The Underneath

Steven Soderbergh's THE UNDERNEATH fuses steamy ironic elements of his debut feature, SEX, LIES, AND VIDEOTAPE, with a wide-screen film noir tale of betrayal and greed based on the 1949 Robert Siodmak picture CRISS CROSS. Soderbergh, under the pseudonym Sam Lowry (the name of the Jonathan Pryce character in Terry Gilliam's BRAZIL), shares screenwriting...read more

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Steven Soderbergh's THE UNDERNEATH fuses steamy ironic elements of his debut feature, SEX, LIES, AND VIDEOTAPE, with a wide-screen film noir tale of betrayal and greed based on the 1949 Robert Siodmak picture CRISS CROSS. Soderbergh, under the pseudonym Sam Lowry (the name of the

Jonathan Pryce character in Terry Gilliam's BRAZIL), shares screenwriting credit with CRISS CROSS scenarist Daniel Fuchs for this moody tale, moved from Los Angeles to Austin, Texas.

Onetime chronic gambler Michael Chambers (Peter Gallagher) is back in town, with an eye toward reuniting with ex-wife Rachel (Alison Elliott), now linked to Tommy Dundee (William Fichtner), a ruthless nightclub owner. Chambers's mother (Anjanette Comer) is about to marry Ed (Paul Dooley), who

happens to work for an armored-car company, an affiliation Chambers finds hard to resist once Ed offers him a job there. Meanwhile, Rachel tempts fate by hooking up with Chambers again. When Dundee finds out, Chambers, to save his skin, suggests a robbery, an inside job which he can engineer as

driver of the armored vehicle. Tommy agrees, but the heist does not go smoothly, clearing the decks for some fast and shifty maneuvering by all three principals.

THE UNDERNEATH is hardly a movie to be watched casually. Its complex narrative, replete with recurring flashbacks, continually challenges viewer concentration. Perhaps to provide a counterpoint, but also with a bow to Siodmak, Soderbergh includes a remarkable centerpiece in which a hospitalized

Chambers, coming down off painkillers, struggles to separate reality from distorted imagery and to distinguish between those who would help and those who would harm him. Cinematographer Elliot Davis's shifting of colors here is as subtle as it is disquieting. Moviegoers expecting the relentless

pace of big-budget action pictures may be turned off by this sequence, and, indeed, by THE UNDERNEATH's character-driven plot, which veers repeatedly into psychological explorations and stylistic flourishes.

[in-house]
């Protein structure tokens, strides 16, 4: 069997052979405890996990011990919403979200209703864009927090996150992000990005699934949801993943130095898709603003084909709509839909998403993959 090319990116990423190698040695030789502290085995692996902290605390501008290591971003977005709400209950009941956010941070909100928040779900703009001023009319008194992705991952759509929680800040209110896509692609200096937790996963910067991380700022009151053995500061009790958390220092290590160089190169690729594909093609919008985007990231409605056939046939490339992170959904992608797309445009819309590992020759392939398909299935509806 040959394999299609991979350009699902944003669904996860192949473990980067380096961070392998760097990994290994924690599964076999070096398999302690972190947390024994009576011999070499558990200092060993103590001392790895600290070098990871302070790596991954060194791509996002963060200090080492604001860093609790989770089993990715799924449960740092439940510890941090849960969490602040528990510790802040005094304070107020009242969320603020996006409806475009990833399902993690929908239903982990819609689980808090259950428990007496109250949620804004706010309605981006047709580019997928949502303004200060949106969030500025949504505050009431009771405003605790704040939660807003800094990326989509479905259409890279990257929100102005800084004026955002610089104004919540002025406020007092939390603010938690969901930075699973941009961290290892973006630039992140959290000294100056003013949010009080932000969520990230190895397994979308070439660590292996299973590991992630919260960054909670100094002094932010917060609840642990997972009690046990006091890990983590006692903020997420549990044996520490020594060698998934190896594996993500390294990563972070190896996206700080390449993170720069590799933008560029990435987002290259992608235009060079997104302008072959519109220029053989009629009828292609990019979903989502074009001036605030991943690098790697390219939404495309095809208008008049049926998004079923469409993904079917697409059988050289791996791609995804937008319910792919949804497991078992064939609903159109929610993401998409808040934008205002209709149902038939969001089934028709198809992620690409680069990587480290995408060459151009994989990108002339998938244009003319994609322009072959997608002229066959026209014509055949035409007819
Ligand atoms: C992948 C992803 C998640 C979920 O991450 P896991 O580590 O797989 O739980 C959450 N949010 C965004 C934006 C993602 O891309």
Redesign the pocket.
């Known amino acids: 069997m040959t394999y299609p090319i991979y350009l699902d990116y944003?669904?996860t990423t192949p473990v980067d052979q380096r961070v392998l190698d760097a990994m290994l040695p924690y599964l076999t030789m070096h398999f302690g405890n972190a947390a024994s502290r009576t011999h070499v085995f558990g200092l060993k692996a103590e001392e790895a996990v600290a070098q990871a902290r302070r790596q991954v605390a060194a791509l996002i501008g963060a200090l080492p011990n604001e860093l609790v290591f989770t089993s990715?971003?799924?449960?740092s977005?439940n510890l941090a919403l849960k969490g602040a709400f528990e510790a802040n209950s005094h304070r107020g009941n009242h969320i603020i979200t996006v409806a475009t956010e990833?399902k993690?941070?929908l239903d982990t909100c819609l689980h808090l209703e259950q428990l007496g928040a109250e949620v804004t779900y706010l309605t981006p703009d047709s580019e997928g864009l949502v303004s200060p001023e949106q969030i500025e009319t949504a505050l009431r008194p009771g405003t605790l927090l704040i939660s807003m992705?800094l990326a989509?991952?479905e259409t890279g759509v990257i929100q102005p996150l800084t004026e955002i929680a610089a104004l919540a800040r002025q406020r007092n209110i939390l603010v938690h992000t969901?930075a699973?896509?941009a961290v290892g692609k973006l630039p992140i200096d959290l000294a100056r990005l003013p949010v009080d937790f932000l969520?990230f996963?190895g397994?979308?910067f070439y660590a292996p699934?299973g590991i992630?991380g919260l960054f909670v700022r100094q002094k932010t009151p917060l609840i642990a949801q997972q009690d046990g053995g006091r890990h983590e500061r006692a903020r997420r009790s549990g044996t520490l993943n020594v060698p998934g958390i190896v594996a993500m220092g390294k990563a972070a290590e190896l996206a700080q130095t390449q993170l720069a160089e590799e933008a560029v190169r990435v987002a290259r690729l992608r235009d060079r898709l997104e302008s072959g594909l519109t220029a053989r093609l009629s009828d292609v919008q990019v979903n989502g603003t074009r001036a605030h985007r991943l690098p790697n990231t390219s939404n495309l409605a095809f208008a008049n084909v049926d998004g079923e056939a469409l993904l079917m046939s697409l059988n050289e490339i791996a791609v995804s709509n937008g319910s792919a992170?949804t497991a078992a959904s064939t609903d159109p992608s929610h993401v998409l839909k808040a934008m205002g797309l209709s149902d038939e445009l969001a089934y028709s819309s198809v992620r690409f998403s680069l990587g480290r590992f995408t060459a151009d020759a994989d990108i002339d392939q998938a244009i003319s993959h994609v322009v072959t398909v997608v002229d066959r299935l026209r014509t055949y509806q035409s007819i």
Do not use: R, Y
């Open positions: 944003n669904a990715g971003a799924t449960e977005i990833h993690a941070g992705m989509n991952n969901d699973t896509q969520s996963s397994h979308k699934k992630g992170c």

Gallagher brings intelligence and charisma to the part of Chambers, expertly distilling that character's devious charm. Relative newcomer Elliott is a major discovery, alluring and enigmatic as Rachel, whose next move is anybody's guess. Fichtner creates a magnetic villain in Tommy, one whose

cold-blooded fury is never far from the surface. Adam Trese, as Chambers's brother, David, captures the simmering anger and frustration of a sibling who plays by the rules only to be overshadowed in his mother's affections by his less deserving brother. Veterans Dooley and Joe Don Baker add class

to the proceedings, as does Comer, fondly remembered for her youthful appearances in THE LOVED ONE and THE APPALOOSA.

THE UNDERNEATH is more cerebral but no less eccentric than the melodramas it arguably resembles. Soderbergh takes considerable chances here and succeeds with a smart, unnerving thriller that handsomely rewards the viewer attentive to its twisting chronicle of avarice, deception and envy.

(Violence, profanity, adult situations.)

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  • Released: 1995
  • Rating: R
  • Review: Steven Soderbergh's THE UNDERNEATH fuses steamy ironic elements of his debut feature, SEX, LIES, AND VIDEOTAPE, with a wide-screen film noir tale of betrayal and greed based on the 1949 Robert Siodmak picture CRISS CROSS. Soderbergh, under the pseudonym Sa… (more)

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